Discovering Guide Stars for Enhanced Navigation in Euclid’s Mission

Euclid, ESA’s dark Universe detective, has overcome its navigation woes and is ready for its final testing in full ‘science mode’. The mission, which aims to answer fundamental questions about the nature of our Universe, experienced some hiccups during its initial phase. The most worrying issue was Euclid’s Fine Guidance Sensor (FGS), which at times couldn’t find its guide stars. This was due to interference from the Sun’s protons, stray sunlight, and X-rays.

During the commissioning phase, teams at ESA’s mission control worked tirelessly to resolve these issues. They updated and tested the FGS for ten days in orbit, successfully finding the guide stars. With this problem solved, Euclid will now proceed to the Performance Verification phase, its final test before embarking on its mission in the dark Universe.

The FGS is a completely new development in Europe and plays an important role in Euclid’s mission. It uses guide stars to navigate and maintain the telescope’s precise pointing. Before launch, the FGS was extensively tested on Earth, but real space conditions brought new challenges. Cosmic rays caused false signals to appear in Euclid’s observations, making it difficult for the Sensor to resolve star patterns.

To address this issue, a software patch was developed and tested both on Earth and in orbit. The results were promising, with more stars revealing themselves. The updated software allows the FGS to identify stars more accurately. With this fix in place, Euclid’s Performance Verification phase has restarted, and observations are being carried out correctly.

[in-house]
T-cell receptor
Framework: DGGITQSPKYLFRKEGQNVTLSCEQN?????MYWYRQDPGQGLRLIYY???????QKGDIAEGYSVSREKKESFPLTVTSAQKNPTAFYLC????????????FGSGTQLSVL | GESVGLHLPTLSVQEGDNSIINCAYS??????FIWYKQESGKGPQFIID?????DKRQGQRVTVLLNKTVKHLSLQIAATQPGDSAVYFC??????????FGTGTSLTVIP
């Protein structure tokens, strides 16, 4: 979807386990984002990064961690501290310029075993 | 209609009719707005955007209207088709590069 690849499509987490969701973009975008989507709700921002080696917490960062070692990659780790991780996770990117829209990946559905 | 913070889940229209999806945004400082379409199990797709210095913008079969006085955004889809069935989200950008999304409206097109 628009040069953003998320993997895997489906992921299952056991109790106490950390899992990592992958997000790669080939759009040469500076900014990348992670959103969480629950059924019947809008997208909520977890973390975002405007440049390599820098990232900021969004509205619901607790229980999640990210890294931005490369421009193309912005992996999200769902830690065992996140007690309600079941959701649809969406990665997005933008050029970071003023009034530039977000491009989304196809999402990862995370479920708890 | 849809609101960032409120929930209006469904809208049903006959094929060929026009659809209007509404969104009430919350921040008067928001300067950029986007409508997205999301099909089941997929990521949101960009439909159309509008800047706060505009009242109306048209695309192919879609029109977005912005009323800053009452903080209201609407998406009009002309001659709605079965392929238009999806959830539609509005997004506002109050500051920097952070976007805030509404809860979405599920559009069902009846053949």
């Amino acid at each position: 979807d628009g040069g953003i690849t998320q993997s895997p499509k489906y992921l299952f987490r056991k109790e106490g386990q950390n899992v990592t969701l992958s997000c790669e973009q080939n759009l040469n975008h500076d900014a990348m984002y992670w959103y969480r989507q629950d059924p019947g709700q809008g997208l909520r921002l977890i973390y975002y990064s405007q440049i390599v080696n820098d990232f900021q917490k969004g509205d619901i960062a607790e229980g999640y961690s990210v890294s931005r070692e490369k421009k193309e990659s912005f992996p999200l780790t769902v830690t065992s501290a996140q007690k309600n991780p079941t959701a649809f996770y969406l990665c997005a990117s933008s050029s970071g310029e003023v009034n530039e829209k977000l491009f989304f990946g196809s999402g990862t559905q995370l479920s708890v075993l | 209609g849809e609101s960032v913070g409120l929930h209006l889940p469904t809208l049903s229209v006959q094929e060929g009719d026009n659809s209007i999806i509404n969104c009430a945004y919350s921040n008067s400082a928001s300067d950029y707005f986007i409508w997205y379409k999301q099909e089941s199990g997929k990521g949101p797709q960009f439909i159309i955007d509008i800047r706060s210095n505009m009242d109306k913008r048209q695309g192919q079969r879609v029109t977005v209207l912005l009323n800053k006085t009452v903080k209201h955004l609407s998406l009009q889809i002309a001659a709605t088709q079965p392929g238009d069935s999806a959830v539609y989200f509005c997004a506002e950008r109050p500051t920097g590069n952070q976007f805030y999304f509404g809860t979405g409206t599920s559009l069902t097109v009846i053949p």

Euclid’s mission is to delve into the mysteries of dark matter and dark energy, which allegedly make up 95% of our Universe but have never been seen. It will also explore the validity of general relativity on cosmic scales and study the formation of cosmic structures after the Big Bang. By observing one-third of the sky and looking back 10 billion years, Euclid will provide a 3D view of the dark matter distribution and map the evolution of galaxies over cosmic time.

Equipped with one of the most precise and stable telescopes ever launched, Euclid will capture razor-sharp images and deep spectra of the Universe. Over its six-year mission duration, it will change its focus every 75 minutes, pointing more than 40,000 times. This ambitious mission has the potential to revolutionize our understanding of the dark Universe.

Carole Mundell, ESA’s Director of Science, expressed her gratitude to all the teams involved in successfully completing the commissioning phase. She highlighted the exciting phase ahead, where Euclid will be tested in science-like conditions and showcase how it will transform our understanding of the dark Universe.

As Euclid prepares for its scientific survey, scientists and enthusiasts alike eagerly await its first images, which will undoubtedly shed light on the mysteries that have puzzled us for centuries. With its advanced technology and dedicated team, Euclid is poised to make groundbreaking discoveries and reshape our understanding of the Universe.